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November 27, 1947 - Image 5

Resource type:
Text
Publication:
The Michigan Daily, 1947-11-27

Disclaimer: Computer generated plain text may have errors. Read more about this.

_I' U C 59 I, O v 7I A ER F., A19;t47

THE ilI'A AILY

. . . . .......... .............. . . . .... . ..... ... . . . . ........... . ............. I .............. I .................. . . . ...... . ......... . ........ - ........... - - ------- - ----- - -------------- .......... ..... .. .

_ _ -_

Ticot ales UOpenI
For* 'Sidle Street
boliel-ip:n Themep To Dominate Cabaret;
Sophs Will Presenrt 'Greenwich Ga ities'
eL'fo te op Cba otI my Cu.)it I. Sattrday iini h(
rodCucion of(r1, ide StreetLeague Ballroom.
'which w ill be 1presented f !rom 8 Smnith and his violin have beein
p.mn. to m.idnight, De 5 and(1 in featured in various New York', re-
tb-e League, are now bejringk dis- 'vuL1s, such as "Rap1sody vin
tti~utc? n urri fores.LeaueBhlk" and "Connie's pHot Choco-
t 'i ite in ormtoris. Lagu laces."
h~ouses,.f', fterntY and sorority Curieir ireturned from the

IM Building
HoldsThird
SportsNight
The Intr amural Building will
be open fromt 7:30 to 10:30 pJ.m.
tomorrow nlight, for the third
sports night of the term.
Hosts and hostesses for the eve-
ning's program include members
of Stockwell and Lloyd House..
Identification cards must be pre-
sented before entering, but each
student may have one guest. Men
and women students may attend
singly or with dates.
Refreshments wiil be served
during the evening's entertain-
ment which will include volley-
ball, handball, paddleball, and
bridge games. Badminton courts
will be available but students
must furnish their own birdies.
Swimming periods will be di-
ided into two sections, the first
beginning at 7:30 p.m. and con-
tinuing until 9 p.m., ahid the last
I)period from 9 to 10:30 p.m.
There is no admittance charge.

VYAA N(CItct'
Coliseum li(c fr1' t :1 pE.[_. ti lii pr rm xilbe n
to rehellarse 'for schedled ttpci' IIsi. r sal('' t ccodin
heckey ga1mel ' number3 Is. to Iar]u e . I J [na il ad

'1

houses: havme postedc signs stating.
auple and stag tickets a-'Eavil-
able tRbtlngt.luchsr
Skists 1Plannedi[
Skit wil be reseted y mein-
1be-_ of theCabr pblicity com-
Mittebginn next week in the
coed hue as a preview to the
event. Me anwhiile, the Town Crier
and othier cau' s stunts are an-
noulncing the show.
winpus sales:;for the Cabaret
wit inMonday id continue
thru - hot he eek Ticketsma
epucae-rm10 a.m. to noon
each day in the Engineering Arch,
f rom 10G ,am. tlo noon and 1 to 4
p.-.on the Diag- and in Univer-
spy ~Hall, from.3 to 6 Pl.mn. inthe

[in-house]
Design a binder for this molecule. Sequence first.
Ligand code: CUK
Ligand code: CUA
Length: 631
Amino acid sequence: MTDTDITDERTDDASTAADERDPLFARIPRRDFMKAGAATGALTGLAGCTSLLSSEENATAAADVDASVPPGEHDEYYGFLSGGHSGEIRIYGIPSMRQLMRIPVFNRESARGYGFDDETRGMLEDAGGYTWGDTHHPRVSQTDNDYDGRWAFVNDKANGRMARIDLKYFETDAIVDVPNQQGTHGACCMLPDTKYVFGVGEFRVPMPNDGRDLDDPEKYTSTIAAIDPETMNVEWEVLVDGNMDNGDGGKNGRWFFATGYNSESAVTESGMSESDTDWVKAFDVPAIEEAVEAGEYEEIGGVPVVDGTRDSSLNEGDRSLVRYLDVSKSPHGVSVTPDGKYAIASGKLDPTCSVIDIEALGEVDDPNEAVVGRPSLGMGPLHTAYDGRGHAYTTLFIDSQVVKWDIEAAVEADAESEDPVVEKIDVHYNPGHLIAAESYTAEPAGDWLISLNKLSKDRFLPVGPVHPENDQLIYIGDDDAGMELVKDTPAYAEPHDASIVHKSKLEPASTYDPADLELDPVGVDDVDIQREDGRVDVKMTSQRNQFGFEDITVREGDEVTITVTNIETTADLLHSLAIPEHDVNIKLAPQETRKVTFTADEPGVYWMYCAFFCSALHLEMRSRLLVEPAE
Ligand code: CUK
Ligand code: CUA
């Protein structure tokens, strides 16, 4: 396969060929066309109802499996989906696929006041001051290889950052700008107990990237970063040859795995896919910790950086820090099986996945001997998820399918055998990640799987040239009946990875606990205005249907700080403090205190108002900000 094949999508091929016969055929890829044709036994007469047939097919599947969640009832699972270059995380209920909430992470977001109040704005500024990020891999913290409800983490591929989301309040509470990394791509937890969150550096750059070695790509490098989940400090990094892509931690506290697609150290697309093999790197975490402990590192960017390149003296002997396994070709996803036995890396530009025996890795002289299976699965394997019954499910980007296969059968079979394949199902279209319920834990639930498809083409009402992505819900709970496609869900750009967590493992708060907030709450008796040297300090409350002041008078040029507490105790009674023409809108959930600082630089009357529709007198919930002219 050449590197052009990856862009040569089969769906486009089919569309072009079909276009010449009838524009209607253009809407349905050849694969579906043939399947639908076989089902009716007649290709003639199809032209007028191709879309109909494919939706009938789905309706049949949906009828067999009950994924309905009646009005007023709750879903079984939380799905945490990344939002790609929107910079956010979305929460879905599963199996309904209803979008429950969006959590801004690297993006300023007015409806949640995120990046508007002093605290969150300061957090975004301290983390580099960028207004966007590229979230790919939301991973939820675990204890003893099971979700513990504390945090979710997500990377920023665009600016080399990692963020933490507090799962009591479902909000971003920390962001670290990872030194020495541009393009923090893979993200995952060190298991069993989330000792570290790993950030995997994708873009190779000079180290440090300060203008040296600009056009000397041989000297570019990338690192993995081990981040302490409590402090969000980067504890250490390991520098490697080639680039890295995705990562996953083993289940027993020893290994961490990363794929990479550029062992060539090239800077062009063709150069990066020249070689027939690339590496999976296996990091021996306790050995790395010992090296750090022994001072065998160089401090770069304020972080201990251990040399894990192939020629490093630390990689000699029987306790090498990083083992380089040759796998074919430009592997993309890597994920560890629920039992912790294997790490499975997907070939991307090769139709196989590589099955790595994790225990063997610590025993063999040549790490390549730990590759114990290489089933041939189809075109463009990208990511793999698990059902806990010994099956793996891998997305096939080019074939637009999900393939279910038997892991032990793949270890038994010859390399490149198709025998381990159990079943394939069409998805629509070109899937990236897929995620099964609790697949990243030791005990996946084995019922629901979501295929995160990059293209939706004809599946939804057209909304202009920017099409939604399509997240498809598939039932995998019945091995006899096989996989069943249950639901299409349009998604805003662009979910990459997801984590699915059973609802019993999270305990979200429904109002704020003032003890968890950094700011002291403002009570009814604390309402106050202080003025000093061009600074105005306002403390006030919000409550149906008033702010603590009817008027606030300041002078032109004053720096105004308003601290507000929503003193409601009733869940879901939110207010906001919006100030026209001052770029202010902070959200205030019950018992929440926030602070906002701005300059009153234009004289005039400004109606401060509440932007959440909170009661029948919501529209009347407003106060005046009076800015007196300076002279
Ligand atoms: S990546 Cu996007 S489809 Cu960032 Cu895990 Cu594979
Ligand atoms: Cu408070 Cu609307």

agu::.e lobby and from noon to 5
paym. in the Unlrion. Additional
t iclr ets ;will bc available in the
UndrgaduteOffice of the
League fr'ont.1 a.m. to 5::311 p.m.
''WO Bands Will Play
Leroy Smith will play for the

armed services a year and a hl alf
g to continue his rriu,:ial pp
; larity in Detroit.
Mfixer Featured
A mixer in the Hussey Room,
,mes in the Kalamazoo Room,
refreshments iri the Grand Rap-
ids Room and floorshows in the
Lydia Mendelsso;(hn Theatre are
other features of the Cabaret
which wiil be worked around a
Bohemian theme.
The "Greenwich G a it ies ,"
floorshows will be presented at
8:30 and 10 p.m. with singing,
dancing and variety acts typify-
ing the make-believe life in
Greenwich Village.
Booths Included
Variety booths, including for-
tune telling by "Madame Sphinx"
and "Madame. Jinx," palm read-
iga pawn shop and a wishing
well will be stationed on the con-
course. Street artists will paint
scenes of the Cabaret for visitors
and vendors will sell popcorn,
homemade candy and cigarettes.
All Cabaret proceeds wvill go to
the University Fresh Air Camp
Fund to be used for recreational

Besides the instr1uct ional groups
which have been org-anized. ther,'e
will be social skting group,
which will skate to thec club's ntev
"skating" music.
The Skating Club I'Fusian pit.-I
tun'es will be taken from-, 1 to :3
p.m. Tues day and Wednesday byI
Man'y 1Frances Gresehe, the ad-
visor' of the club, w ho is one of
the few profession-al skating cli-
rectors in the Midwest.
WAA Hockey Club memblers will
stage their annual "all star-" party
at 4 p.m. Tuesday in thle W.A.B..
c'ompleting their compl itive fall
seasot~n.
The Hockey Club teams will)
choose a single all-star team fromI

\Vil iilud RA -(' i ol danerswit h
the1 calngdour byn(Gmrri Ma lsaon
and Virginia ~pi
,dll l (ow lin foe r 01 lz 1t ee
wit I so 183d'wogae
Mac~rew.j
Over a hundred giArls are comr-
tinAg in the B ligClub. whihh
gives weekly recognit i to high
learn and individual >c ores.

I

SOFT WOMEN Marilyn Stone, Betsy Bousfield, Jea~n Russ, Pam-
ela Stump and Ann Sauer work on decorations for 'Side Street,'
sophomore cabaret to be presented in the near future.
Ui-versity Fresh Afir Camnp
Eucioa and Beneficial

PLAN A CAREER
IN RETAILING~
One-year Course
for College Graduates

" Prepare to step into a responsible
execut ive posit ion in the reti'ling field:
bayIVing, adlvertisi ng, fashio n, jers4)nnt'I
Spe cialized t raining, exclusively for col-
lege gradutIes, covers merch andii ng
person nel management, texti les, store
organ izat ion, sal-s priomfot ion, and all
p~hase's of sitore a(tivity. I ealii t) -
proachi und~er sItorie-tr'ain ed fanulty
C:lasses are combined wvithI paid store
work. :studentIs are usualily place'd be~-
fore graduiation. (Co-educeat ional. Mlas-
er's degree. A pprIovxed by Vet erns,
Aim in istiration. Fonur' full-tuit ion schol-
arslti ps available. I .iniited enrol lment,
ap~ply early. Write for lBure'aii l iletin C~.